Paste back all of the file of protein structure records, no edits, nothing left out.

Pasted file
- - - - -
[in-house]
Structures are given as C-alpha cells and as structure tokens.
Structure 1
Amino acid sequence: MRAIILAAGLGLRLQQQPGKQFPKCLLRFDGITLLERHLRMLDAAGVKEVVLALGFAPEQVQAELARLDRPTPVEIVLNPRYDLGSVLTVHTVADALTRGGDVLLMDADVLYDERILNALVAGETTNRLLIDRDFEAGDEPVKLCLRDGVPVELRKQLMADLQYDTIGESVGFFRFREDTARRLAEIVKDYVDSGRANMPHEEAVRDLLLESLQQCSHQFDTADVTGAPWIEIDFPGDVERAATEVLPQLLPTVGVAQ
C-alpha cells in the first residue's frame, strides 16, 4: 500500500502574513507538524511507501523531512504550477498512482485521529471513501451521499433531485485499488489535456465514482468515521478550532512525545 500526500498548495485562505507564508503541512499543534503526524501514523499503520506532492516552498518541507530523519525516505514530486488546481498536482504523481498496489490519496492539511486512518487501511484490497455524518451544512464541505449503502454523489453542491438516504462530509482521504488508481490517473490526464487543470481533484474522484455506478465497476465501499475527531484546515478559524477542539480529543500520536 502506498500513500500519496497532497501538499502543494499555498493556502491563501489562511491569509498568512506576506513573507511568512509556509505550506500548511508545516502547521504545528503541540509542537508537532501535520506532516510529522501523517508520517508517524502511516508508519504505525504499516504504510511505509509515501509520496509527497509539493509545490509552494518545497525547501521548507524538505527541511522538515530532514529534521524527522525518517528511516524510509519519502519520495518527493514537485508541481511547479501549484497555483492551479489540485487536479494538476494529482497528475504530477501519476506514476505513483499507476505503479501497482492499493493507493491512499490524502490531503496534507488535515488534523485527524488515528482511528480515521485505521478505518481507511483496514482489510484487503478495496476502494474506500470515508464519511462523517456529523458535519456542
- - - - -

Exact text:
[in-house]
Structures are given as C-alpha cells and as structure tokens.
Structure 1
Amino acid sequence: MRAIILAAGLGLRLQQQPGKQFPKCLLRFDGITLLERHLRMLDAAGVKEVVLALGFAPEQVQAELARLDRPTPVEIVLNPRYDLGSVLTVHTVADALTRGGDVLLMDADVLYDERILNALVAGETTNRLLIDRDFEAGDEPVKLCLRDGVPVELRKQLMADLQYDTIGESVGFFRFREDTARRLAEIVKDYVDSGRANMPHEEAVRDLLLESLQQCSHQFDTADVTGAPWIEIDFPGDVERAATEVLPQLLPTVGVAQ
C-alpha cells in the first residue's frame, strides 16, 4: 500500500502574513507538524511507501523531512504550477498512482485521529471513501451521499433531485485499488489535456465514482468515521478550532512525545 500526500498548495485562505507564508503541512499543534503526524501514523499503520506532492516552498518541507530523519525516505514530486488546481498536482504523481498496489490519496492539511486512518487501511484490497455524518451544512464541505449503502454523489453542491438516504462530509482521504488508481490517473490526464487543470481533484474522484455506478465497476465501499475527531484546515478559524477542539480529543500520536 502506498500513500500519496497532497501538499502543494499555498493556502491563501489562511491569509498568512506576506513573507511568512509556509505550506500548511508545516502547521504545528503541540509542537508537532501535520506532516510529522501523517508520517508517524502511516508508519504505525504499516504504510511505509509515501509520496509527497509539493509545490509552494518545497525547501521548507524538505527541511522538515530532514529534521524527522525518517528511516524510509519519502519520495518527493514537485508541481511547479501549484497555483492551479489540485487536479494538476494529482497528475504530477501519476506514476505513483499507476505503479501497482492499493493507493491512499490524502490531503496534507488535515488534523485527524488515528482511528480515521485505521478505518481507511483496514482489510484487503478495496476502494474506500470515508464519511462523517456529523458535519456542